Take it from Meatball: "You only have a certain amount of time to do things in life."
Meatball is Olympic track cyclist Mike Friedman, and his carpe diem attitude is exactly why he took a leave of absence from Penn State and broke up with a serious girlfriend at age 22 to throw himself back into his teenage passion full-time.
"My parents were really against it," he said.
He didn't want to disappoint them, but he wanted even less to disappoint himself.
"There's a lot of pressure with that.
"You just know you only have a few years [to excel] in sports. You have to take a gamble," he said. "I figured, no matter what, you're going to learn something. I pushed, and I'm glad I did."
In 2005, Friedman was a biology major at Penn State-Lehigh Valley and was essentially living out of an old red van because he and his roommate, Bobby Lea, didn't get along. Friedman was midway through his junior year when he dropped out of school.
Although Friedman considered himself a road cyclist, he decided to pursue track cycling partly, he said, "because of my body physique. I'm short and round, and low to the ground" - like a meatball.
Even as a kid, he said he had "upside-down bowling pins for calves, short fat little legs, and a big ass." He had been quick on a bike, but he also had endurance so he ran 800 meters and the mile in track. Wrestling was his other high school sport, but the wrestling-cycling combination was unusual and the truck-driver's son who shaved his legs was not always understood by his Pittsburgh peers.
Someone finally took him aside and said, "Friedman, it's like that everywhere. Let it roll off your back and laugh."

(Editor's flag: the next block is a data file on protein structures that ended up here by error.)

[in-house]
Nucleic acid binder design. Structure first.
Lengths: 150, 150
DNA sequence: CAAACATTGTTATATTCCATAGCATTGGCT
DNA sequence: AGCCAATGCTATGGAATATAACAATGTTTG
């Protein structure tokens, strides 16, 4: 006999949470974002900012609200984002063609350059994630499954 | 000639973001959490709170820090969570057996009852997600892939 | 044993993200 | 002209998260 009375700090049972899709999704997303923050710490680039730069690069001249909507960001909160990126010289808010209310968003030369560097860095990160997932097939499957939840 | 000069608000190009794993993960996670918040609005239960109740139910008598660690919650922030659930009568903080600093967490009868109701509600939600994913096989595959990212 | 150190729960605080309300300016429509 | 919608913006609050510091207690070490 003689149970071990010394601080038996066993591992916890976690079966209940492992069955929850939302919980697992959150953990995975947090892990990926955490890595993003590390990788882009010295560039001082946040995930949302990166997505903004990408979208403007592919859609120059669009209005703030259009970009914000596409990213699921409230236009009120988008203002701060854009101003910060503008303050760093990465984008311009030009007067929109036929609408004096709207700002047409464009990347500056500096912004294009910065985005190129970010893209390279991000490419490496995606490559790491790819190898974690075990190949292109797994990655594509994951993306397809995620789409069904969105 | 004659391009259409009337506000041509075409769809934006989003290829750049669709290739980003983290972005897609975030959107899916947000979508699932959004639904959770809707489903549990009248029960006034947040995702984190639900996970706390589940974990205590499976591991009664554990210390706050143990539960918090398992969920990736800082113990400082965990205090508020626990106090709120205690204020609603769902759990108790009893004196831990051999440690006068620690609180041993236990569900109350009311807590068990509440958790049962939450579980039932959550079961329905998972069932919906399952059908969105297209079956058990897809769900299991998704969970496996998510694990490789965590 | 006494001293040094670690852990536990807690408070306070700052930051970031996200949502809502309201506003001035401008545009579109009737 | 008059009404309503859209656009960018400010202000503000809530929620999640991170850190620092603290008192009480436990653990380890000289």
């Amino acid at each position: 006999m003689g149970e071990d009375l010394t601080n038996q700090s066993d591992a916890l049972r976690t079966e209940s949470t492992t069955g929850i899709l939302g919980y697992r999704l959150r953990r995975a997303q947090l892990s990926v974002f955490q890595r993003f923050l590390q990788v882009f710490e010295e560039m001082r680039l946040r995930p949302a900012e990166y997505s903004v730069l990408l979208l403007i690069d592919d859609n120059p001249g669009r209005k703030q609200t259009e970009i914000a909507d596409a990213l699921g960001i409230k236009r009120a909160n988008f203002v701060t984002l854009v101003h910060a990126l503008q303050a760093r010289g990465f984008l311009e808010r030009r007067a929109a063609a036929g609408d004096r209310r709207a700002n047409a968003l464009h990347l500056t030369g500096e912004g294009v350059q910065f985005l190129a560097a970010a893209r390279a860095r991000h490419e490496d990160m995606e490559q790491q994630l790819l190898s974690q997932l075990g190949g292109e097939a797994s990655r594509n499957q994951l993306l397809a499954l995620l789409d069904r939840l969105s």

"I learned to be carefree. It's hard to embarrass me," said the 5-foot-9, 170 lb rider.
With complete focus, 2006 turned into a banner year for Friedman. That summer he won two prestigious track races, and in October, at the USA Cycling Track National Championships, he won three gold medals (individual pursuit, team pursuit, and Madison) and a silver in the points race.
Track racing led to a professional contract in road racing, and road racing led to starts in classics that many cyclists only dream about, such as one-day events like Paris-Roubaix where riders' thin-tubed tires meet cobblestone streets. His road work, in turn, complemented his track racing and as Friedman continued to excel on the velodrome, track cycling opened the door to the Olympics.
To get to Beijing, however, he needed a little help. Friedman didn't qualify for an automatic berth, but his ex-roommate Bobby Lea did, in the two-man Madison event, and USA Cycling's selection committee was letting Lea choose his Olympic partner.
"They told me I had the majority say," Lea said.
His options were: Colby Pearce (who held the national record for the hour ride, covering 50.191 km), Brad Huff (a two-time national champion in the Madison) and...the Meatball.
Ultimately, Lea picked Friedman because of their 10-year history of racing together.
"In this event, it helps to know how your partner is going to react," Lea said. "It's a 55-minute yard sale. You've got riders going slow, fast, up and down the walls, some hanging at the top of the track, some at the bottom. It looks like everyone's on the verge of crashing the entire race. It's the scariest event to watch - even for me."
The Madison features 18 teams (36 riders) on the track at once. The winner is the pair that completes 200 laps (50km) first. After the winner crosses the line, other teams are ranked based on how many laps they've completed. In case of ties, the higher rank goes to the team with the most points earned from intermediate sprints held very two laps.
Teammates take turns circling the track and when they want to switch out, exchanges are done with a swooping hand sling. It takes precision to communicate and coordinate correctly - especially on bikes with no brakes. Riders must also read whether their teammate is ready to attack or is in danger of fading.
"I know his body language," Lea said.
But Friedman can still be unpredictable.
"Sometimes someone will yell at him and he'll go off on a suicide mission and end up winning a race because of it," Lea said.